London: British police fear a second wave of riots across England and are concerned they may not have the resources to cope, according to a new analysis of the 2011 unrest.
Many police officers from all ranks expect a repeat of the riots that spread across London and other towns in England last summer, and feel they may not be equipped to cope, the analysis by the London School of Economics and The Guardian says.
One of the key findings is that police forces across England did not know how to respond to social media networks, particularly encrypted Blackberry Messaging, which enabled rioters and looters to organise and at times outmanoeuvre police.
Control rooms were also swamped with intelligence from the internet and unable to sort rumour from fact on Twitter and Facebook, leading to mistakes when deploying resources, the analysis says.
Police of all ranks told researchers that they were astonished no colleagues were killed during the last year`s riots.
Nearly all of the officers interviewed described the riots as the greatest physical and psychological challenge of their careers.
Professor Tim Newburn, academic head of the analysis from the LSE, said: "August`s riots stretched the police service very seriously indeed. In terms of officer numbers, our research suggests the police outside London were largely able to cope - albeit only just, in many cases ? but in the capital for three days there were simply too few resources."?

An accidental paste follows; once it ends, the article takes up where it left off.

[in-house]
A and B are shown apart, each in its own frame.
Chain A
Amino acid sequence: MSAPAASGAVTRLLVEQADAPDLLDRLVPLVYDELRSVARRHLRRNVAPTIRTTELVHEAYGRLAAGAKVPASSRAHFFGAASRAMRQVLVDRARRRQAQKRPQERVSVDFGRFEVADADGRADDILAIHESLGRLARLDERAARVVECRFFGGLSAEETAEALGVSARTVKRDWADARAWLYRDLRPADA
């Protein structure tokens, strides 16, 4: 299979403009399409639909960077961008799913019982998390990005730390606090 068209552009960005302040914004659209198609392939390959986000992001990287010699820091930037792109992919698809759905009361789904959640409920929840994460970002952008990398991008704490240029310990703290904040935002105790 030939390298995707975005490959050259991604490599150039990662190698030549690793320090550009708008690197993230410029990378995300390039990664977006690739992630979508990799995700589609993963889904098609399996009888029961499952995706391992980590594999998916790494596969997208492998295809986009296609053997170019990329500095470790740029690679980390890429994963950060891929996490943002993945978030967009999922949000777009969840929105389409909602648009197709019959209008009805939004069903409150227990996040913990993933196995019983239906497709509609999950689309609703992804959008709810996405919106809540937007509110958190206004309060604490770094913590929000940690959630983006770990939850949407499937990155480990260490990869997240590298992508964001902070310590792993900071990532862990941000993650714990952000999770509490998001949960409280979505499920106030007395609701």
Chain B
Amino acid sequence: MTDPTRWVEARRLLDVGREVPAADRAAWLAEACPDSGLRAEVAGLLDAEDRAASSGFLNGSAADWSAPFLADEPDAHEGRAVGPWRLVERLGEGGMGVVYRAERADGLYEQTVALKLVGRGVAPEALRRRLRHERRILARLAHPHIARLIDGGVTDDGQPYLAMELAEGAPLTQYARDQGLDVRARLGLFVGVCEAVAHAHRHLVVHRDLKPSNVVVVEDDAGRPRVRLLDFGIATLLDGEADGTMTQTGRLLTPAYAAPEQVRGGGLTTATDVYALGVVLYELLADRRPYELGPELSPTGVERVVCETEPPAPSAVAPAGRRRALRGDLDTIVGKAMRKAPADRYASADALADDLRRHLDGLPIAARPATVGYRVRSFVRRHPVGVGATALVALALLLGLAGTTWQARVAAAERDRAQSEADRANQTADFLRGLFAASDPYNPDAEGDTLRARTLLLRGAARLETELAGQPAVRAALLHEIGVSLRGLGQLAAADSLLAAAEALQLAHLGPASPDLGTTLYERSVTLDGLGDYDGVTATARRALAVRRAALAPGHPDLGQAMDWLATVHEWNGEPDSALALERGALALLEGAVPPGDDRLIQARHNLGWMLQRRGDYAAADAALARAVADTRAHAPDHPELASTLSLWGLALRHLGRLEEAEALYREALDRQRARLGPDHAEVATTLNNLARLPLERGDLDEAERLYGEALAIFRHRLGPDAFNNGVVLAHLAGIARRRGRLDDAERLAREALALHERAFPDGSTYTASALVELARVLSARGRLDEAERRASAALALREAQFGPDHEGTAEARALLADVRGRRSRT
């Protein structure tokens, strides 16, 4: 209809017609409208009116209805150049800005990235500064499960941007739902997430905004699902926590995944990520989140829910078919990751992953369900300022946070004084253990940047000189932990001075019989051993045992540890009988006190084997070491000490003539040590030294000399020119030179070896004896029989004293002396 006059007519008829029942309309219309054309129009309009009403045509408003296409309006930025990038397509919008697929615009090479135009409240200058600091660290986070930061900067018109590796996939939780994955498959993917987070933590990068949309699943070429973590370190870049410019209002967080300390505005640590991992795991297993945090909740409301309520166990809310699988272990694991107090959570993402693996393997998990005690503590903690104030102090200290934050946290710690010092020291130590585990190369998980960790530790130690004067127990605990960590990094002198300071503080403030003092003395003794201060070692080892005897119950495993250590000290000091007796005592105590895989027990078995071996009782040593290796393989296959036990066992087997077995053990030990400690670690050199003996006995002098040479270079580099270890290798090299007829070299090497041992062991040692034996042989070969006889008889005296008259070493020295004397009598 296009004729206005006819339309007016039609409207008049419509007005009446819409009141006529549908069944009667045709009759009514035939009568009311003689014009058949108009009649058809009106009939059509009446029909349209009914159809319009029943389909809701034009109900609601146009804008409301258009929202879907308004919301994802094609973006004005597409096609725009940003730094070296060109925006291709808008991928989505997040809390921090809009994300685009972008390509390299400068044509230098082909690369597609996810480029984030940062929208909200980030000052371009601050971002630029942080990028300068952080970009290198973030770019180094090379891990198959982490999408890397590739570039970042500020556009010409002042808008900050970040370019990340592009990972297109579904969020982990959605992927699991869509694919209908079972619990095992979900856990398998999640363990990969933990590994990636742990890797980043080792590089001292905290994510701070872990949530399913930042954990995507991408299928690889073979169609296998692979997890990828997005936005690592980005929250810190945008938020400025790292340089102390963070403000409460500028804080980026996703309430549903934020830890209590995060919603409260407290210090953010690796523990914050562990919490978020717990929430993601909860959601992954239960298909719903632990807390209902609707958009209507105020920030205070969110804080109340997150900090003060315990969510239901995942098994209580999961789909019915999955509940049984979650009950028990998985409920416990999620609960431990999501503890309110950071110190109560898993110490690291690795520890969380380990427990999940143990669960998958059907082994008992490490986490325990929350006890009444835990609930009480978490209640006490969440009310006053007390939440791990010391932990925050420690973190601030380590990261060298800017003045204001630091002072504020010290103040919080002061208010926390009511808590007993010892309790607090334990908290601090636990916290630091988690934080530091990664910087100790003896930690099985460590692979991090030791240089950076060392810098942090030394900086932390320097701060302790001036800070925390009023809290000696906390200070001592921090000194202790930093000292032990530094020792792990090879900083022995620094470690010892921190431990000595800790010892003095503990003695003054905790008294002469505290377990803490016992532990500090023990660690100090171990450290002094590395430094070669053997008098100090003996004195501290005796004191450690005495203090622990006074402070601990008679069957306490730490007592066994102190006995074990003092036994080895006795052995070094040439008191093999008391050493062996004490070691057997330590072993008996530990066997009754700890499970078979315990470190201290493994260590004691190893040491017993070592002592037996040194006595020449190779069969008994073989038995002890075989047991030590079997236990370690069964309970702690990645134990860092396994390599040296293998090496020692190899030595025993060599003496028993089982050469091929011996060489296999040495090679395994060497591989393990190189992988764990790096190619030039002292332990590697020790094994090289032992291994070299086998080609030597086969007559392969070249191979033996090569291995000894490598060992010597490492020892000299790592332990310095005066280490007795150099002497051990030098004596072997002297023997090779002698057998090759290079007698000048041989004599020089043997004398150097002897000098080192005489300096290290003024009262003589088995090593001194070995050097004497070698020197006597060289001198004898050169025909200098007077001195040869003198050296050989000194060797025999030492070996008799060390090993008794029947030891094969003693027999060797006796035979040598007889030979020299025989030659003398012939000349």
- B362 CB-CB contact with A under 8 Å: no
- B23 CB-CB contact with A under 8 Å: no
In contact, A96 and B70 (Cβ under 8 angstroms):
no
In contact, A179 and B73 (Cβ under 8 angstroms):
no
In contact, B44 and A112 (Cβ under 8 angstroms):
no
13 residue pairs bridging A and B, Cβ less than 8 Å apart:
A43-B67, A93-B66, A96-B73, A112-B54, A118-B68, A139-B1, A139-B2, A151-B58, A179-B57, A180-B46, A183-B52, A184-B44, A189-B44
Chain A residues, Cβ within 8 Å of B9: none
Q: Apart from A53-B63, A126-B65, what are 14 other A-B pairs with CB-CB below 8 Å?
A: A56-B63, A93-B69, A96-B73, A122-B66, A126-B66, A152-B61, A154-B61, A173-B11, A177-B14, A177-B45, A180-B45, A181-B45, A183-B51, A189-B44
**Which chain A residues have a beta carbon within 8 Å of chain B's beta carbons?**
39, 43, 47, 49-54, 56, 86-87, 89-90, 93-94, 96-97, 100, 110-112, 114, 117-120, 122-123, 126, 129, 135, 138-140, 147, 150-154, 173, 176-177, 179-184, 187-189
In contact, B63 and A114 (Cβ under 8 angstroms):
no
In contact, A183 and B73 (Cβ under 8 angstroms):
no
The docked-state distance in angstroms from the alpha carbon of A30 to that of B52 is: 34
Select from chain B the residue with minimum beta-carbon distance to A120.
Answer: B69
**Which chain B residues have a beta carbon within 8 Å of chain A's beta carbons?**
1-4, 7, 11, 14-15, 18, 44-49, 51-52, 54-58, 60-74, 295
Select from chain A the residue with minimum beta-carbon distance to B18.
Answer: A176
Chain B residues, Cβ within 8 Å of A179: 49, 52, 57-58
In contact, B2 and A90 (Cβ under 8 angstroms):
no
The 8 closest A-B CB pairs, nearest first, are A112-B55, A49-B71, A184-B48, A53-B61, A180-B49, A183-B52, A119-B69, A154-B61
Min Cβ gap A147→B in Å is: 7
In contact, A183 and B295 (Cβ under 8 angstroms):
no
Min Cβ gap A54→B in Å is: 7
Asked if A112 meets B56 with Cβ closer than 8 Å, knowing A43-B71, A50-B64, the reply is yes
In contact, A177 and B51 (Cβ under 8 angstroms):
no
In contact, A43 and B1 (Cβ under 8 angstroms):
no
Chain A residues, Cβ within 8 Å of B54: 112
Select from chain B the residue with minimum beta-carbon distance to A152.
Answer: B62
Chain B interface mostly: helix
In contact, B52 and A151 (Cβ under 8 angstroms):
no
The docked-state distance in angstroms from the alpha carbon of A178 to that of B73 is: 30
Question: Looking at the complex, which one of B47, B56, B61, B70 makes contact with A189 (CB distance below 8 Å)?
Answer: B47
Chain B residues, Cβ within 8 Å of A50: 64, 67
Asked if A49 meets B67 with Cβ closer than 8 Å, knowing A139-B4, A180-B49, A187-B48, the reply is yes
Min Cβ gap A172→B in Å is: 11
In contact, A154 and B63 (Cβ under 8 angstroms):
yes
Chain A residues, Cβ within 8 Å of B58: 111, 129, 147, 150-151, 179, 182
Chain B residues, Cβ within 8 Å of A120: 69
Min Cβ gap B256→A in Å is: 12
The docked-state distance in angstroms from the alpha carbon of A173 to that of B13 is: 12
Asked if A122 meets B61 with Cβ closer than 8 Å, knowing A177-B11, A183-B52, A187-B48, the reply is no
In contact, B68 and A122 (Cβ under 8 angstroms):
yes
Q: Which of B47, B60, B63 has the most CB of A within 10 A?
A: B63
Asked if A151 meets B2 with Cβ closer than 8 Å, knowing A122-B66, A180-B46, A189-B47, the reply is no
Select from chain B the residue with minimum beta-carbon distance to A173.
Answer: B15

He added: "The issue of police tactics is more complex, not least because tactics varied somewhat from force to force and area to area.
"In contrast to the considerable criticism aimed at the Met, elsewhere our research found a real sense among police that their actions had been widely seen as both effective and largely understood."
According to the analysis, police of all ranks were shocked and surprised by the extent and nature of violence directed at them, as well as the speed with which it escalated in August 2011.
Police officers generally believed that, should further riots occur, greater numbers of officers on the ground were far more important, and likely to be more effective, than introducing new water cannon or using plastic bullets, the LSE said in a release.